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RETINAL DYSTROPHIES AND SYNDROMES

Bietti Crystalline Dystrophy

Bietti Crystalline Dystrophy - Start  
Bietti Crystalline Dystrophy - End  

Bietti crystalline dystrophy (BCD), also called crystalline retinopathy, is a chorioretinal degeneration characterized by the presence of yellow-white crystals in the retina. BCD is a genetic disease with autosomal recessive inheritance. The diagnosis can be confirmed by the identification of CYP4V2 disease-associated mutations.

Due to a progressive atrophy and degeneration of the retinal pigment epithelium/choroid, patients present reduced visual acuity, poor night vision, abnormal retinal electrophysiology, visual field loss (peripheral or central scotomas), and often impaired color vision, usually during their second and third decade of life.

Ophthalmoscopy discloses multiple glistening intraretinal dots scattered throughout. These crystalline deposits have been observed to diminish or even disappear in areas of severe chorioretinal atrophy, as disease progresses. One quarter to one third patients present deposits in the corneal limbus.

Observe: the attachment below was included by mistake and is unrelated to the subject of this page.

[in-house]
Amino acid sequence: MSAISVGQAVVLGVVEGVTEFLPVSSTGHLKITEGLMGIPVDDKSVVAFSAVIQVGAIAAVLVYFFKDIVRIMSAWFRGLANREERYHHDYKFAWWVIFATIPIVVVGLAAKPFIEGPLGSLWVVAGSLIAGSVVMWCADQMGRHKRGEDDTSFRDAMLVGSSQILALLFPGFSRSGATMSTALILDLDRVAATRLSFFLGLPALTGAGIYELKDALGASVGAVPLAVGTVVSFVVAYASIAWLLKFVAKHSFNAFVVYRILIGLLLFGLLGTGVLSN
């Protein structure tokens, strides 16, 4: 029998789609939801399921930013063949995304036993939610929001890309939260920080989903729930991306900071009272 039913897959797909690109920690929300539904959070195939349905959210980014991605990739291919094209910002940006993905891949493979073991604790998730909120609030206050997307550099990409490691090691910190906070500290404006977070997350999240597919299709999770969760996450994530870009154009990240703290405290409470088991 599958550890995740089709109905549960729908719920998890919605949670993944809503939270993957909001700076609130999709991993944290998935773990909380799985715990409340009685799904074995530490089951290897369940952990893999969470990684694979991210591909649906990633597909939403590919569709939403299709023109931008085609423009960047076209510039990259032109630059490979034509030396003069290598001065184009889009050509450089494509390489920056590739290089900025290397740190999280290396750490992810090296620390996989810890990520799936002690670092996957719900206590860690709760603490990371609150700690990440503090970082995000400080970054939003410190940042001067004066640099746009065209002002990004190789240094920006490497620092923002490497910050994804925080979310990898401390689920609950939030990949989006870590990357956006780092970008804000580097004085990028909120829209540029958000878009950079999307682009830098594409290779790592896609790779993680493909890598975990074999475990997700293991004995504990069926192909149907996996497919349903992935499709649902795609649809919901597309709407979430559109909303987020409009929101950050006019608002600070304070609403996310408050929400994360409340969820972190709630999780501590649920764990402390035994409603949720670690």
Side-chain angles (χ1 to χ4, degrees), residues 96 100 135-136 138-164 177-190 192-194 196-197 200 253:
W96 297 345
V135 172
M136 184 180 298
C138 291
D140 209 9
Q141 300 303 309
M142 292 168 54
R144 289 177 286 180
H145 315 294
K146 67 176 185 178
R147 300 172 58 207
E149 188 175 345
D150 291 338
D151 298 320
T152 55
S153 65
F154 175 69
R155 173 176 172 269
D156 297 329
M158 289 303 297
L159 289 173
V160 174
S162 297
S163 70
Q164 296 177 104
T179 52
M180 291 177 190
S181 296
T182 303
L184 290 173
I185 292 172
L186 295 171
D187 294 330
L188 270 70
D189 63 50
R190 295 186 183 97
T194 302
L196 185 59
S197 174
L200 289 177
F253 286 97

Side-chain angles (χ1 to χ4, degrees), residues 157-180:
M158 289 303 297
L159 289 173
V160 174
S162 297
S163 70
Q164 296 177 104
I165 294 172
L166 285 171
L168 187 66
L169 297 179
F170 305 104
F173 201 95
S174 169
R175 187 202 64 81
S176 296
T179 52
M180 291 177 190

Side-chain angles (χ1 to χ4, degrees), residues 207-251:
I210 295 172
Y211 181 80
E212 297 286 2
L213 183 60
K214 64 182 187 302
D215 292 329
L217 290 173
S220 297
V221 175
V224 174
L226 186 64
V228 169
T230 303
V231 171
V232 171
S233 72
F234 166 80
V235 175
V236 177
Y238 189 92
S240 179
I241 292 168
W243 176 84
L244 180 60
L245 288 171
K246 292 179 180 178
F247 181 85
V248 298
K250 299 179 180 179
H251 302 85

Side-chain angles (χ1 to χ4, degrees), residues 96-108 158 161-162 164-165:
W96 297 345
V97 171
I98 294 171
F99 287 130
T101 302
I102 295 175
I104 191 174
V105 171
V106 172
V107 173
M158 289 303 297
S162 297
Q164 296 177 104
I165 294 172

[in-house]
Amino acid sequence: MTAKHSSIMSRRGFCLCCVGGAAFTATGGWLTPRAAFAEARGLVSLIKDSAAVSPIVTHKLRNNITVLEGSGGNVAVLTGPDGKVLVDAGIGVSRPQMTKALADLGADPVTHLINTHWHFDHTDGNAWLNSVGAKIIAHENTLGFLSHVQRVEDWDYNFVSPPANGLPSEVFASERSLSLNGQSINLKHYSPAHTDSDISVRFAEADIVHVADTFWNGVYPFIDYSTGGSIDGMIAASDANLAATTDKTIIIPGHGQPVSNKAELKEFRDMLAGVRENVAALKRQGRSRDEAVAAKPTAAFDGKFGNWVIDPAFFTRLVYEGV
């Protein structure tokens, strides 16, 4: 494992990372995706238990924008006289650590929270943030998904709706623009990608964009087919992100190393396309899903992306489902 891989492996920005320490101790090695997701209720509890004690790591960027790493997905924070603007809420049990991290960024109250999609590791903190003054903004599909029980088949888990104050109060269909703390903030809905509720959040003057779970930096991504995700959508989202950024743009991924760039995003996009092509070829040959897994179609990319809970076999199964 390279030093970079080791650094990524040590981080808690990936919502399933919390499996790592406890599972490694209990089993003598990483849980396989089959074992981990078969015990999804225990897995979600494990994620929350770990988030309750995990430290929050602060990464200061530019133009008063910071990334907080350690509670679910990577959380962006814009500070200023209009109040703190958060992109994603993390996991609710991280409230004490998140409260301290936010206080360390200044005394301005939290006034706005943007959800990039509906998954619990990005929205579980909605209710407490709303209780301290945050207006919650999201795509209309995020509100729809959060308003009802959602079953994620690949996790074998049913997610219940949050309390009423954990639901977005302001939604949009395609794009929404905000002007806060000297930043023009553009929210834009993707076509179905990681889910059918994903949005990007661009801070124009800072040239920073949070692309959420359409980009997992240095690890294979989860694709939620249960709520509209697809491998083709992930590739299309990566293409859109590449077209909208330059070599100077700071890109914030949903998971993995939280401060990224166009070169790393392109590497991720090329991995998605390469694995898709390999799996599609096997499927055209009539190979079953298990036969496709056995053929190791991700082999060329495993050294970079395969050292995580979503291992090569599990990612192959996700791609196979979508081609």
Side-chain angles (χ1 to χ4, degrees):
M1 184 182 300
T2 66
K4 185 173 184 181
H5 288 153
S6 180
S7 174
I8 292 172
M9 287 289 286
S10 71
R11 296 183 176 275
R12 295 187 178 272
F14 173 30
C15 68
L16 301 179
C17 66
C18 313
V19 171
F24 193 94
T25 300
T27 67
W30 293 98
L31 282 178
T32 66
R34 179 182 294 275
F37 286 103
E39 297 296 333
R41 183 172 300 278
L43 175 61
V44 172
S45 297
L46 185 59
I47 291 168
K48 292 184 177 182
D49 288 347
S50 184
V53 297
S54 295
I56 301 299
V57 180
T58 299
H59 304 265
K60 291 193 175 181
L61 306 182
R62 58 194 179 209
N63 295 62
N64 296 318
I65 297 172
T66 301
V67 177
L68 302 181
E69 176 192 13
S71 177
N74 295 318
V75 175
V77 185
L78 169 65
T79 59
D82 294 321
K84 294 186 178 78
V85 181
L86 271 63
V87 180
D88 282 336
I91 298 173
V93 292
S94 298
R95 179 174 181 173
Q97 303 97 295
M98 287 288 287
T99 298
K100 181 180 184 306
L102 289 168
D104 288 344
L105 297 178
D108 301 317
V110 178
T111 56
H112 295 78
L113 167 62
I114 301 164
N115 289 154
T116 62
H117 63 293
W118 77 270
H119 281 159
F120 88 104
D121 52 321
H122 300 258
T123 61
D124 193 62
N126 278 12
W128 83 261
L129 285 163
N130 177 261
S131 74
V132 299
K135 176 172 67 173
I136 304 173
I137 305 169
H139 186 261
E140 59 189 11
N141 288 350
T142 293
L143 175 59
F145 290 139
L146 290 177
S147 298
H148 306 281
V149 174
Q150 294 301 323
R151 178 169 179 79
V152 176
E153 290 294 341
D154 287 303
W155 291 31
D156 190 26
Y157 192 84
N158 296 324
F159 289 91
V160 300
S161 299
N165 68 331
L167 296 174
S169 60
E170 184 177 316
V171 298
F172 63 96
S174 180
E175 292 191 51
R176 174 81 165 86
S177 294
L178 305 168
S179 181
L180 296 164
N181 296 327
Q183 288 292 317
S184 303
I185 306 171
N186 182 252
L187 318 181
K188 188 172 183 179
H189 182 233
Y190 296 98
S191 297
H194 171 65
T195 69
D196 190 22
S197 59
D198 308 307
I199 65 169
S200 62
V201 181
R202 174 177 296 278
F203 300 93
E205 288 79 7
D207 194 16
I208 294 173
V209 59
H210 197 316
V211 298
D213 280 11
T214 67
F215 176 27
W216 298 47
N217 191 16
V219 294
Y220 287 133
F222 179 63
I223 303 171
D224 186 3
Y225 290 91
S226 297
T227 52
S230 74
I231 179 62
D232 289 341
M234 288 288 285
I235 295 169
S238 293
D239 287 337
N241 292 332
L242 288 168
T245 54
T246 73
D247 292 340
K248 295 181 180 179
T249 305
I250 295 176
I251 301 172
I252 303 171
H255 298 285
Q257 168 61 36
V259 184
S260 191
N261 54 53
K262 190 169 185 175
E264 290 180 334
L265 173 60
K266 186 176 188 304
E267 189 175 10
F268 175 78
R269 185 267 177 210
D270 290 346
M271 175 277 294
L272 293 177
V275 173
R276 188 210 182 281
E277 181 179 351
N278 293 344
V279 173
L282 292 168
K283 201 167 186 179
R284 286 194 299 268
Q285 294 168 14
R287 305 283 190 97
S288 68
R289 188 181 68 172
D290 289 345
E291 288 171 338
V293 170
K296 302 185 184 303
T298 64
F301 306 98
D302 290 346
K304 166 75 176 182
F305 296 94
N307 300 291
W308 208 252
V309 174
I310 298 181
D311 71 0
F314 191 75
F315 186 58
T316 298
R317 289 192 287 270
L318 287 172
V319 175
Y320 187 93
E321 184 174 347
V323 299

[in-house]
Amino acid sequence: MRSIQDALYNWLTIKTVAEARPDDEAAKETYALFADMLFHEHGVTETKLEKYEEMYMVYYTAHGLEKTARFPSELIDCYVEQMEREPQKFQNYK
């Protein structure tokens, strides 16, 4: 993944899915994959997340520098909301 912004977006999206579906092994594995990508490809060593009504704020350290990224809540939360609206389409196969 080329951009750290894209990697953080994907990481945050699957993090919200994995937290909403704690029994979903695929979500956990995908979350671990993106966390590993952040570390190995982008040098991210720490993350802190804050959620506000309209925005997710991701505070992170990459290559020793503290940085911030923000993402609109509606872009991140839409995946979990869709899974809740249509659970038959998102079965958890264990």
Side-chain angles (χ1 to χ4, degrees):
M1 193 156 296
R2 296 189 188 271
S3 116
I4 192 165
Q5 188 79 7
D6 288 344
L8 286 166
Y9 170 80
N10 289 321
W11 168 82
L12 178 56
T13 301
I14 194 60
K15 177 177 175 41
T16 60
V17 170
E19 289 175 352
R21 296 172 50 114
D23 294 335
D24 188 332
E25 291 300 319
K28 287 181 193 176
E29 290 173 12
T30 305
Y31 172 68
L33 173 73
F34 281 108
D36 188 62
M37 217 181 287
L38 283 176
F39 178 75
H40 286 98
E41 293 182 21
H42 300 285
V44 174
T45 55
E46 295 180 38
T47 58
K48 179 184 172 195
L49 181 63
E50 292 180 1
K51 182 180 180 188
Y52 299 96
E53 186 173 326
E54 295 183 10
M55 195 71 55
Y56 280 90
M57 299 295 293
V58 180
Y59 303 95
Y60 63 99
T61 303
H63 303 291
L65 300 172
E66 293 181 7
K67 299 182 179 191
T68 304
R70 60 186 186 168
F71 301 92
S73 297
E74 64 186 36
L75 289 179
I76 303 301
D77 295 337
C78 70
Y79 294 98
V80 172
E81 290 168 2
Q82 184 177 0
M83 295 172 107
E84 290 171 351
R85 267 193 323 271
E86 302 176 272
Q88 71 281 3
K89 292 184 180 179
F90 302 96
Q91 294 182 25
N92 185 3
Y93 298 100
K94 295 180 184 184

The OCT show hyper-reflective dots thought to represent the crystalline deposits that appear to reside in the RPE-choriocapillaris complex. 

Fluorescein angiography reveals patchy hypofluorescent areas of RPE and choriocapillaris atrophy and a generalized disturbance of the RPE. Adjacent areas with no crystals show confluent loss of RPE and choriocapillaris.

At present, there is no treatment to improve the visual deficit and to prevent the progression of the disease.

Differential Diagnosis

  • Particulate Retinopathy
  • Drug-induced crystalline maculopathy: methoxyflurane, tamoxifen, canthaxanthin
  • Pseudoretinitis Pigmentosa
 
Clinical Cases 27 0